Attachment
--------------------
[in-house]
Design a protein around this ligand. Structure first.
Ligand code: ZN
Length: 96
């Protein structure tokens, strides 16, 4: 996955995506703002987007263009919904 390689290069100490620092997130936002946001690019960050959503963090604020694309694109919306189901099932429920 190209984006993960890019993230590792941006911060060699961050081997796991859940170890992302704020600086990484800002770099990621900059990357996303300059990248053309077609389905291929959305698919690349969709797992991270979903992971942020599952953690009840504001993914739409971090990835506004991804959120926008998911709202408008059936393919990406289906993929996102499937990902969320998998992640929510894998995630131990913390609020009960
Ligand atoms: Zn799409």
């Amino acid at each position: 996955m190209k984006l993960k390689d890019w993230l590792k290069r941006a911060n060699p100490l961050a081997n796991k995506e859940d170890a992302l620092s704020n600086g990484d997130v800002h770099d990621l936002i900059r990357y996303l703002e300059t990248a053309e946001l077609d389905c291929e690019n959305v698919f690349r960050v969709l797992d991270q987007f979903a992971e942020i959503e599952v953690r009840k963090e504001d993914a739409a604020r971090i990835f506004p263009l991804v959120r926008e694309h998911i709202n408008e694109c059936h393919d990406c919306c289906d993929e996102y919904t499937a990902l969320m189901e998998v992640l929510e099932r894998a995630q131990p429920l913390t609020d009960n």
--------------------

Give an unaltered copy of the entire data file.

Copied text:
[in-house]
Design a protein around this ligand. Structure first.
Ligand code: ZN
Length: 96
């Protein structure tokens, strides 16, 4: 996955995506703002987007263009919904 390689290069100490620092997130936002946001690019960050959503963090604020694309694109919306189901099932429920 190209984006993960890019993230590792941006911060060699961050081997796991859940170890992302704020600086990484800002770099990621900059990357996303300059990248053309077609389905291929959305698919690349969709797992991270979903992971942020599952953690009840504001993914739409971090990835506004991804959120926008998911709202408008059936393919990406289906993929996102499937990902969320998998992640929510894998995630131990913390609020009960
Ligand atoms: Zn799409």
């Amino acid at each position: 996955m190209k984006l993960k390689d890019w993230l590792k290069r941006a911060n060699p100490l961050a081997n796991k995506e859940d170890a992302l620092s704020n600086g990484d997130v800002h770099d990621l936002i900059r990357y996303l703002e300059t990248a053309e946001l077609d389905c291929e690019n959305v698919f690349r960050v969709l797992d991270q987007f979903a992971e942020i959503e599952v953690r009840k963090e504001d993914a739409a604020r971090i990835f506004p263009l991804v959120r926008e694309h998911i709202n408008e694109c059936h393919d990406c919306c289906d993929e996102y919904t499937a990902l969320m189901e998998v992640l929510e099932r894998a995630q131990p429920l913390t609020d009960n």